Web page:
By Darius Magara and Andante Okanya
Activists opposed to the use of DDT (dichlorodiphenyltrichloroethane), have lost a Constitutional petition that sought to ban the use of the chemical in the anti-malaria fight.
On Tuesday, the Court of Appeal sitting as a Constitutional Court, on a technicality, that although the petition raised serious issues on environment protection, it did not raise matters for constitutional interpretation.
The petition arose in 2009, when civil society organisation Uganda Network on Toxic-Free Malaria Control (UNETMAC) dragged the Attorney General (AG), to court.
The organisation lamented that indoor residual spray and the continued use of the insecticide was calamitous to Uganda's agricultural exports.
Prior, the Health ministry had embarked on indoor residual spraying in homes in the northern districts of Apac and Oyam between April and May 2008.
The judgment of a panel of five Justices was delivered by Justice Kenneth Kakuru. The court declined to award government costs, noting that the petition was filed in public interest.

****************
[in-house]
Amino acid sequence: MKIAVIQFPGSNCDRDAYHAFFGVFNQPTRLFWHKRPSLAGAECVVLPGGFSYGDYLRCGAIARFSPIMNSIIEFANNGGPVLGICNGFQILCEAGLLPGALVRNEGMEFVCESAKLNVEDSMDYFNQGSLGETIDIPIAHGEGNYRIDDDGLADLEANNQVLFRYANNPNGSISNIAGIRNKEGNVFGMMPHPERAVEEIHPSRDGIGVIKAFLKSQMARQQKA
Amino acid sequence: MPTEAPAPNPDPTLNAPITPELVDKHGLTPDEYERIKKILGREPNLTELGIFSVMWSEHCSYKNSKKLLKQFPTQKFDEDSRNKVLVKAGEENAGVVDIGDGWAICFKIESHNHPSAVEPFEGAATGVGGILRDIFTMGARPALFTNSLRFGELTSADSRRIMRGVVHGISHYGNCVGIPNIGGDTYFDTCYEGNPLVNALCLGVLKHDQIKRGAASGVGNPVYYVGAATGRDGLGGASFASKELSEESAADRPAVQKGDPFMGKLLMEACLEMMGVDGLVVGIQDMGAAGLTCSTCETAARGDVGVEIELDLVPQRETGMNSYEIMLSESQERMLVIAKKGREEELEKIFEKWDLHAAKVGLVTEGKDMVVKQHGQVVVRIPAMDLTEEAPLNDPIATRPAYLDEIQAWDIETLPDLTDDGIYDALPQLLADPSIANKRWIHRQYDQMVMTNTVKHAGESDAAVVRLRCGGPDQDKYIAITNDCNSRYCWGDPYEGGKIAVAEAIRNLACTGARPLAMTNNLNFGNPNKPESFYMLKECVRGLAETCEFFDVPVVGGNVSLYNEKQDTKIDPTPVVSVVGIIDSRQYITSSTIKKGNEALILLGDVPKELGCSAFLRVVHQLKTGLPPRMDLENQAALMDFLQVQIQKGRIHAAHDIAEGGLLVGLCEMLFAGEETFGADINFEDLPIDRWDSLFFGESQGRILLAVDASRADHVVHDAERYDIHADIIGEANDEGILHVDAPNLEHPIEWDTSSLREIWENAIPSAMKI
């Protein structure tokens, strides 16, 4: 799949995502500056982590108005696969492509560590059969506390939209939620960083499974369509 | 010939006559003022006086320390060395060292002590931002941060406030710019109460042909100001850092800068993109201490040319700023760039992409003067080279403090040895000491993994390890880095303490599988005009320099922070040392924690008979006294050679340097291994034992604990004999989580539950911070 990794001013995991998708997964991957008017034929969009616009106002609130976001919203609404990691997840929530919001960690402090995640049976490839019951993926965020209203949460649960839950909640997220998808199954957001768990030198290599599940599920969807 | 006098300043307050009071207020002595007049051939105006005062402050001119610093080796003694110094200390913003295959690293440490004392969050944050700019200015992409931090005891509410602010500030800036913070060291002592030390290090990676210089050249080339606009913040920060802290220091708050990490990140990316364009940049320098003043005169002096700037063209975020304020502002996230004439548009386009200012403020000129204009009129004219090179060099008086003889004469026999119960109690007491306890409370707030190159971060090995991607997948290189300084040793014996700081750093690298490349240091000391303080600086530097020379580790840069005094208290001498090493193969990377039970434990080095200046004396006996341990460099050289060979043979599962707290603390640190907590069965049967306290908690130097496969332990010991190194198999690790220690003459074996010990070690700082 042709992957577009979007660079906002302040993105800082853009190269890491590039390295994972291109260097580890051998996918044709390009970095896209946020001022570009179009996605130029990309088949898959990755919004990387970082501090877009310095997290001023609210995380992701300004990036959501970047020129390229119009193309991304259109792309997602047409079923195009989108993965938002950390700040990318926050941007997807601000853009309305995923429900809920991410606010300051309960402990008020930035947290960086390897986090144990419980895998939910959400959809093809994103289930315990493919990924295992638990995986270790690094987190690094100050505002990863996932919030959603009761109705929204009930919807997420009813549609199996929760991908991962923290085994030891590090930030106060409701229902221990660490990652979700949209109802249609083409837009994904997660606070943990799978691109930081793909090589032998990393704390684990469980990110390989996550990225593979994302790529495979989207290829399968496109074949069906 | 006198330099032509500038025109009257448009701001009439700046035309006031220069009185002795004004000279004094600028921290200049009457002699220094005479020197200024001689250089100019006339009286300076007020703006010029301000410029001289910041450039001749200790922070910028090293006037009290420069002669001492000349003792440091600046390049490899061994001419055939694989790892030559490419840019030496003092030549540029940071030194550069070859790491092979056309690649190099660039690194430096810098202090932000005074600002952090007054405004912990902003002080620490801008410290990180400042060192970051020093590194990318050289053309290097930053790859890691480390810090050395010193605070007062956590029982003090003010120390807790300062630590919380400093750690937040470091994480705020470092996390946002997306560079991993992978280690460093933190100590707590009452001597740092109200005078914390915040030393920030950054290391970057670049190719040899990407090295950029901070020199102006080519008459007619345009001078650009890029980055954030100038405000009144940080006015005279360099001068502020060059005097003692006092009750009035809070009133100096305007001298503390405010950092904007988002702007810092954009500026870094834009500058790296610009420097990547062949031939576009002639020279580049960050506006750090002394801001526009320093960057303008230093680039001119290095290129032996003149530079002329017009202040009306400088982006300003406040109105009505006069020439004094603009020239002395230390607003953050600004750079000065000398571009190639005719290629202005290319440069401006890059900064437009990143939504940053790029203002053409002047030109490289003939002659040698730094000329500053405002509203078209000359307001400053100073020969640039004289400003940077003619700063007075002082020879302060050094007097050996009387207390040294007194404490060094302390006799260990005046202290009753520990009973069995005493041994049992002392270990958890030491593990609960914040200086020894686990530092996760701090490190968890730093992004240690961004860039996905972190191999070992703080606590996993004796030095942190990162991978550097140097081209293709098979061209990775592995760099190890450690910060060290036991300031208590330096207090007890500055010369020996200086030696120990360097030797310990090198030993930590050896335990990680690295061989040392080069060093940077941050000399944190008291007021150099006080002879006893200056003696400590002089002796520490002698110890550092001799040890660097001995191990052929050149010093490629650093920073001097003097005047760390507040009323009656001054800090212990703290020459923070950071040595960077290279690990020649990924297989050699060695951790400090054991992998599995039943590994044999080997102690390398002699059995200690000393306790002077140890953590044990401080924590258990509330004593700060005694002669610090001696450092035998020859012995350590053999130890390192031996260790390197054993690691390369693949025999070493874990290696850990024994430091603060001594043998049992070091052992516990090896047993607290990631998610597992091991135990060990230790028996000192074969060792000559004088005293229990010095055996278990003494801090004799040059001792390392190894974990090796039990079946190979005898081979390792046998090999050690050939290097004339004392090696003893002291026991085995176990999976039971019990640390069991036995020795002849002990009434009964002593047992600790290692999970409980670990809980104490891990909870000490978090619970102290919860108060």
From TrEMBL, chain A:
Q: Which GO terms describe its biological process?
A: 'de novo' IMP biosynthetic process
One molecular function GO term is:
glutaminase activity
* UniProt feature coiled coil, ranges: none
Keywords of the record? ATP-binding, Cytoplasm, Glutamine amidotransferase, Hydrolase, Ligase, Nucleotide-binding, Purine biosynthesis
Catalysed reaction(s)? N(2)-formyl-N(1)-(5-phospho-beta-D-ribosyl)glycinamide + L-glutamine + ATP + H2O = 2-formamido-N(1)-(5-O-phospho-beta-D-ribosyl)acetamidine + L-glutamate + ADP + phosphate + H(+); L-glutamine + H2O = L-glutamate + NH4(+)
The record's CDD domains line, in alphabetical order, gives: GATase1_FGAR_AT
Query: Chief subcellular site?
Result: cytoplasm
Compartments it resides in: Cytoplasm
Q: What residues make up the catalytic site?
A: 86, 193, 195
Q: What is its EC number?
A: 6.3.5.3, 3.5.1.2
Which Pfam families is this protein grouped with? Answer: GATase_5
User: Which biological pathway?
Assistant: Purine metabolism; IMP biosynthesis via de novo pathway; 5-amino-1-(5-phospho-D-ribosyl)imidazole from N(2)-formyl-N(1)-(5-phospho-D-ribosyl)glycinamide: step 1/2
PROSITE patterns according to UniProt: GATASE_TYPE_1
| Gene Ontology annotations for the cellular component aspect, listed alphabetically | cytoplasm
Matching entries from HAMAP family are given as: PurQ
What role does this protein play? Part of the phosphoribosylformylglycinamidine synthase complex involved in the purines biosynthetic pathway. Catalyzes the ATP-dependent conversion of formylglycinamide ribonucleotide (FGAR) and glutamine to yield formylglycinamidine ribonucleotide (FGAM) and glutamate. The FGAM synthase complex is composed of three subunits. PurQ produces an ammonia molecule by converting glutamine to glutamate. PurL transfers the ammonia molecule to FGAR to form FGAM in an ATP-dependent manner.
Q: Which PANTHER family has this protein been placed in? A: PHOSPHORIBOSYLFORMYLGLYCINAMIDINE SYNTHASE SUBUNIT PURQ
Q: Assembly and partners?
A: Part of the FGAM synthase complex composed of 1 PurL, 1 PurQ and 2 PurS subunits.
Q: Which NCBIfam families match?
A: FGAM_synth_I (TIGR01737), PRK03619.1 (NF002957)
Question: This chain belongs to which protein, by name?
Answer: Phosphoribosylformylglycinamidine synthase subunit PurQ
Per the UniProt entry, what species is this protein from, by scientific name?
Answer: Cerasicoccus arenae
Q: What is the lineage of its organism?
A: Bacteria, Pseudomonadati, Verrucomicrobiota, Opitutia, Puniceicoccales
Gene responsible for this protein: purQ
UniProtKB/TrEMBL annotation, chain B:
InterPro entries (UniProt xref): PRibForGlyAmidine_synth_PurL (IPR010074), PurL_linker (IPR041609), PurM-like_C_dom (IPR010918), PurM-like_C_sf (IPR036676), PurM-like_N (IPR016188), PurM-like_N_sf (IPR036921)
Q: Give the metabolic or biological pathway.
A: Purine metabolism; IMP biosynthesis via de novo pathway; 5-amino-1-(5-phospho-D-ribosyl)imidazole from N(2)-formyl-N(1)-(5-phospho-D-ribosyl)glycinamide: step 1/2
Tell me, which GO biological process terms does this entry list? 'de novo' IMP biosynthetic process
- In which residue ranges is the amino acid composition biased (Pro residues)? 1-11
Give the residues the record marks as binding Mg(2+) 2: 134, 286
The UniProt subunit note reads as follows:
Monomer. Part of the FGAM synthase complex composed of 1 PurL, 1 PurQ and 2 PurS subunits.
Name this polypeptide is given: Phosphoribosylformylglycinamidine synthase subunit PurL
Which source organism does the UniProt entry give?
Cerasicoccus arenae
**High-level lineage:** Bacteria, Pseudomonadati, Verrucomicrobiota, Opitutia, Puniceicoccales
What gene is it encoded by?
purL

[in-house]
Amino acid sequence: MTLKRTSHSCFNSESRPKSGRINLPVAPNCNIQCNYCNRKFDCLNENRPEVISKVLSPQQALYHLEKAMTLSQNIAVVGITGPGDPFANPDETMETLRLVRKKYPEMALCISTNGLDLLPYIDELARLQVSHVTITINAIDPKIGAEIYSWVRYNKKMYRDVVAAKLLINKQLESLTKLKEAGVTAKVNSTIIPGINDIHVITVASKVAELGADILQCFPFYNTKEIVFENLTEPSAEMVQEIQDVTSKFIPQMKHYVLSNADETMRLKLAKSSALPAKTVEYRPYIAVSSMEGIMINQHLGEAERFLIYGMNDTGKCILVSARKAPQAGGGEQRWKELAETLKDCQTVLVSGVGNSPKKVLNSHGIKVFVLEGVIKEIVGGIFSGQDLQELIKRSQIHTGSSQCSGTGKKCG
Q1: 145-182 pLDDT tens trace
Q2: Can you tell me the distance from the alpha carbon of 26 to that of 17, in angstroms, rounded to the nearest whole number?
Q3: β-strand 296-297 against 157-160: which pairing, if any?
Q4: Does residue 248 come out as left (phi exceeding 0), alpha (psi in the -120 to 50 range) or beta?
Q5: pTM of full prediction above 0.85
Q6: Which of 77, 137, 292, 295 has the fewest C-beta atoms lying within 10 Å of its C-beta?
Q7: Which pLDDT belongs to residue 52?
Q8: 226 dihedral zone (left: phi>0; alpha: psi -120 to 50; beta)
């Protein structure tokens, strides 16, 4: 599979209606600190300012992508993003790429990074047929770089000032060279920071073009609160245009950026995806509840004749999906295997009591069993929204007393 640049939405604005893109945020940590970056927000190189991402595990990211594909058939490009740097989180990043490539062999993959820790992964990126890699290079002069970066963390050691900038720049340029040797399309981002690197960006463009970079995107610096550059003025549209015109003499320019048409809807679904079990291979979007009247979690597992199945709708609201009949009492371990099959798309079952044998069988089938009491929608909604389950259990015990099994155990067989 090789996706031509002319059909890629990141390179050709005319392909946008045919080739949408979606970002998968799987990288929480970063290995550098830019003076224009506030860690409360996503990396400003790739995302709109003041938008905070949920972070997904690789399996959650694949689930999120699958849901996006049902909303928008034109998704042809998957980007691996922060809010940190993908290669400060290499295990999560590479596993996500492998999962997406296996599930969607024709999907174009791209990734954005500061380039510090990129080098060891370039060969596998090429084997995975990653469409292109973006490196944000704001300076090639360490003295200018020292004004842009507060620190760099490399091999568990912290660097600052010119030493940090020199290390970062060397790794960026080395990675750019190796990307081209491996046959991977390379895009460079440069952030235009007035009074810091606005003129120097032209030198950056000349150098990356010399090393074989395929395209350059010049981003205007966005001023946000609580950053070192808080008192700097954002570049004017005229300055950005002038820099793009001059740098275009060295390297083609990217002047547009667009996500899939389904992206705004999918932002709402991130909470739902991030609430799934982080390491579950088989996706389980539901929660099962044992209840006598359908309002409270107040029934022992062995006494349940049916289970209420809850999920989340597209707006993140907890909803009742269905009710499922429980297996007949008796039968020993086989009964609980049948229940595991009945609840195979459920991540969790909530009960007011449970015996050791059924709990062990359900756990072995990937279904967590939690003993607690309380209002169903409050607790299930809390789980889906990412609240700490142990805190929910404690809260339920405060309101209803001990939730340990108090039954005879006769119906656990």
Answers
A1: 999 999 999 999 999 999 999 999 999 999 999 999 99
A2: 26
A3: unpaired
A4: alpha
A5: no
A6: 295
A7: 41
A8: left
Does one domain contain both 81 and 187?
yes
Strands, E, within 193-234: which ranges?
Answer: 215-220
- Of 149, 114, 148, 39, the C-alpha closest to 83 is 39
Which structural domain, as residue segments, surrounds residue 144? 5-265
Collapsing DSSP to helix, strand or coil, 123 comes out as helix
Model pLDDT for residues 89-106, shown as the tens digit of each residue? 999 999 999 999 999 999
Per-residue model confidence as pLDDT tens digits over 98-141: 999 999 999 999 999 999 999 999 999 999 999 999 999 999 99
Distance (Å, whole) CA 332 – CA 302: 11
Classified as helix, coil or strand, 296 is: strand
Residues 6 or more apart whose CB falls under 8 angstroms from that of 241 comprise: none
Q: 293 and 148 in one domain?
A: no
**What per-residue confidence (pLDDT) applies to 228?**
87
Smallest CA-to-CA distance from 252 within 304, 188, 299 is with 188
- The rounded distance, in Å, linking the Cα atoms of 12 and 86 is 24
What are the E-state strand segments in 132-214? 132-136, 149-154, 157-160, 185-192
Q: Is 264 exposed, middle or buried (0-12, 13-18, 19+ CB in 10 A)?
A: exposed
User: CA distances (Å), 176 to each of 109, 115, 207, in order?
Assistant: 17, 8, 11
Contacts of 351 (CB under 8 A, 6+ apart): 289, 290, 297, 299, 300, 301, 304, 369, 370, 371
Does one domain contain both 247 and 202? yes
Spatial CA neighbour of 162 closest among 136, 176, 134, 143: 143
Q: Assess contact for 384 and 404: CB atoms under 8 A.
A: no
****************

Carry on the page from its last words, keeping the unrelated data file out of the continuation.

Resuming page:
The other Justices on the panel were; Augustine Nshimye, Faith Mwondha, Eldad Mwangusya, and Geoffrey Kiryabwire.
They noted that they were unable to find anywhere that the petition calls for interpretation of the constitution. They pronounced that "the petition itself does not directly or by inference raise any issue or question that calls for constitutional interpretation."
UNETMAC lawyer Obed Mwebesa had argued that DDT use violated article 39 of the 1995 Constitution which prescribes that, "Every Ugandan has a right to a clean and healthy environment."
He asserted that the Health ministry did not adhere to guidelines set by the National Environment Management Authority (NEMA).
Mwambutysa said it was logical for the exercise to enable Government fulfill its constitutional duty of saving lives of its citizens.
After the judgment had been delivered, UNETMAC secretary general Ellady Muyambi, insisted that the organisation would lodge a fresh case in the High Court, as advised by the Justices.
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Activists lose petition on DDT use